Pediatric HIV: the Potential of Immune Therapeutics to Achieve Viral Remission and Functional Cure.

Published

Journal Article (Review)

PURPOSE OF REVIEW: In the absence of antiretroviral therapy (ART), more than 50% of perinatally HIV-infected children die by 2 years of age. Early ART from infancy is therefore a global recommendation and significantly improves immune health, child survival, and disease outcome. However, even early treatment does not prevent or eradicate the latent reservoir necessitating life-long ART. Adherence to life-long ART is challenging for children and longstanding ART during chronic HIV infection led to higher risks of non-AIDS co-morbidities and virologic failure in infected children. Thus, HIV-infected children are an important population for consideration for immune-based interventions to achieve ART-free remission and functional cure. This review summarizes how the uniqueness of the early life immune system can be harnessed for the development of ART-free remission and functional cure, which means complete virus control in absence of ART. In addition, recent advances in therapeutics in the HIV cure field and their potential for the treatment of pediatric HIV infections are discussed. RECENT FINDINGS: Preclinical studies and clinical trials demonstrated that immune-based interventions target HIV replication, limit size of virus reservoir, maintain virus suppression, and delay time to virus rebound. However, these studies have been performed so far only in carefully selected HIV-infected adults, highlighting the need to evaluate the efficacy of immune-based therapeutics in HIV-infected children and to design interventions tailored to the early life maturing immune system. Immune-based therapeutics alone or in combination with ART should be actively explored as potential strategies to achieve viral remission and functional cure in HIV-infected pediatric populations.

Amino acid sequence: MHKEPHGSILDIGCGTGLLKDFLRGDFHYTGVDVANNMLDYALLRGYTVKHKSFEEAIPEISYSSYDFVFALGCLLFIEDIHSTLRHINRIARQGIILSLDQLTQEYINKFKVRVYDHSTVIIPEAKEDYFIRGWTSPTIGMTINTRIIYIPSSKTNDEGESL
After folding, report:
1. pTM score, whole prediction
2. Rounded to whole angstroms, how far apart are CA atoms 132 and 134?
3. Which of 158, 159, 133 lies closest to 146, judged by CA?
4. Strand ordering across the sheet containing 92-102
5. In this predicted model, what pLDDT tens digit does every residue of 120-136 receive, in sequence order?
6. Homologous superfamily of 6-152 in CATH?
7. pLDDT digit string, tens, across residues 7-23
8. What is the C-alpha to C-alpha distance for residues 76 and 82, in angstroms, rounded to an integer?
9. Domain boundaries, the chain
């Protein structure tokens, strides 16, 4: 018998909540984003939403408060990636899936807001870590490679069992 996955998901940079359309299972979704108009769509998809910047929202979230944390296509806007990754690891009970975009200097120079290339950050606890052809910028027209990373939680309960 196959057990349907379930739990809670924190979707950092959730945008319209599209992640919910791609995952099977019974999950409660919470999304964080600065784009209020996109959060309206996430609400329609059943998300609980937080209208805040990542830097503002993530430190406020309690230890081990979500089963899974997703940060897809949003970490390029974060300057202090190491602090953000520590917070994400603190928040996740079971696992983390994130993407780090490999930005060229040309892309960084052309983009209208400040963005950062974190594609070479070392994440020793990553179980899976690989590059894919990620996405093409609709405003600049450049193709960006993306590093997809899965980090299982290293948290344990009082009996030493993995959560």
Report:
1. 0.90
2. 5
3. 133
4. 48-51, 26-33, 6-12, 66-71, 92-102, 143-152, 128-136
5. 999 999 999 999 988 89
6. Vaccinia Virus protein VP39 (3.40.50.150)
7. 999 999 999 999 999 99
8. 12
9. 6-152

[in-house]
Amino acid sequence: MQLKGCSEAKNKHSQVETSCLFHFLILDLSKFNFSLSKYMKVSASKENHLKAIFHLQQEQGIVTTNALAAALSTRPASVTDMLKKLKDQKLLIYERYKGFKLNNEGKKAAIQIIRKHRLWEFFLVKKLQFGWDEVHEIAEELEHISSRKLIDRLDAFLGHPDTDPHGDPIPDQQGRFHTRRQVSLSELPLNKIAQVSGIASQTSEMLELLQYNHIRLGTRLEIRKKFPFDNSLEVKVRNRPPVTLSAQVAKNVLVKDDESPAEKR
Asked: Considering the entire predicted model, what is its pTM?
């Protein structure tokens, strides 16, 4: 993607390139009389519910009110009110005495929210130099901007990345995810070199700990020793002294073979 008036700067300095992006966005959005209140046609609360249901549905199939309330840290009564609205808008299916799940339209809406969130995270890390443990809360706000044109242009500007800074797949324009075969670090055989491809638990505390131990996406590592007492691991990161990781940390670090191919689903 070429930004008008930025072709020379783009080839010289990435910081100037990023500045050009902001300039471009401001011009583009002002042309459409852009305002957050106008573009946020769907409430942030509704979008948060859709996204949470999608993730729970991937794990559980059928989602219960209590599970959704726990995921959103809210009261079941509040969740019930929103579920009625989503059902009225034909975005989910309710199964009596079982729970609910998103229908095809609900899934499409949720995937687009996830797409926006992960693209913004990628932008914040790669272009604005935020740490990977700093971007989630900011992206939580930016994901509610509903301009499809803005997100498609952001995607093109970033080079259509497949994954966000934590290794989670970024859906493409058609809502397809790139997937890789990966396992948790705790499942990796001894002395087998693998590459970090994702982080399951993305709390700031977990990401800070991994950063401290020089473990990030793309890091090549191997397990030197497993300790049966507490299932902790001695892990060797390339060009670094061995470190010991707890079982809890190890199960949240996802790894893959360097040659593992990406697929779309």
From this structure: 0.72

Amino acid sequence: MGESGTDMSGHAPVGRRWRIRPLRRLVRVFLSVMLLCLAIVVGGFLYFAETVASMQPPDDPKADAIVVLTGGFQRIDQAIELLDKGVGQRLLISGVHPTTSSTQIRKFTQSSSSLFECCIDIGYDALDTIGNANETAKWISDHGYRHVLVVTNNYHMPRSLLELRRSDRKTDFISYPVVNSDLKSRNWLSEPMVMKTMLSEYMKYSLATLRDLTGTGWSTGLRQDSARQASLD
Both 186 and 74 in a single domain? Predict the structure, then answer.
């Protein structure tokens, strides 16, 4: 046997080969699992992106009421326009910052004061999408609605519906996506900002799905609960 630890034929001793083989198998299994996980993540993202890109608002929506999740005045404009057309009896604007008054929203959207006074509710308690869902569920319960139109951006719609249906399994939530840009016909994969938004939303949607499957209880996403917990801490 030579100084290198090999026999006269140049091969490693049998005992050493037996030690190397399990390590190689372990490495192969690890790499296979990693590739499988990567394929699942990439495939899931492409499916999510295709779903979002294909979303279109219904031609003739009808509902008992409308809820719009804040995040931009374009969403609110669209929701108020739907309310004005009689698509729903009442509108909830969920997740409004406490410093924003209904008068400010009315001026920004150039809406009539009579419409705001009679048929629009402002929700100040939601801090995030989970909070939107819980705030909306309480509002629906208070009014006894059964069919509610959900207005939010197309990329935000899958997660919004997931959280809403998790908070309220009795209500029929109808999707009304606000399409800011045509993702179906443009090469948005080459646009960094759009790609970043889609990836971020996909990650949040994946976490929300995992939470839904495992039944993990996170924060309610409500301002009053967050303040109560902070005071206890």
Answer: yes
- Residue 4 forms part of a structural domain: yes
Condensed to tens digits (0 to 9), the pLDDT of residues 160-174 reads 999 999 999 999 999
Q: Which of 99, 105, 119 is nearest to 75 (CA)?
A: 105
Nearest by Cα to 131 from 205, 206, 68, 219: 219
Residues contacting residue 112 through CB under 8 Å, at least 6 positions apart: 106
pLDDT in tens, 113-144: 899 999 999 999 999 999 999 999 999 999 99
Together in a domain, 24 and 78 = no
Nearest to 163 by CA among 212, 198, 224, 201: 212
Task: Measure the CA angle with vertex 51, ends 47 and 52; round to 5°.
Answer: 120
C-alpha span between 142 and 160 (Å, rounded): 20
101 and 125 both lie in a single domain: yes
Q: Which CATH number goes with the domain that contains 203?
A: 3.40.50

Full Text

Duke Authors

Cited Authors

  • Berendam, SJ; Nelson, AN; Goswami, R; Persaud, D; Haigwood, NL; Chahroudi, A; Fouda, GG; Permar, SR

Published Date

  • June 2020

Published In

Volume / Issue

  • 17 / 3

Start / End Page

  • 237 - 248

PubMed ID

  • 32356090

Pubmed Central ID

  • 32356090

Electronic International Standard Serial Number (EISSN)

  • 1548-3576

Digital Object Identifier (DOI)

  • 10.1007/s11904-020-00495-1

Language

  • eng

Conference Location

  • United States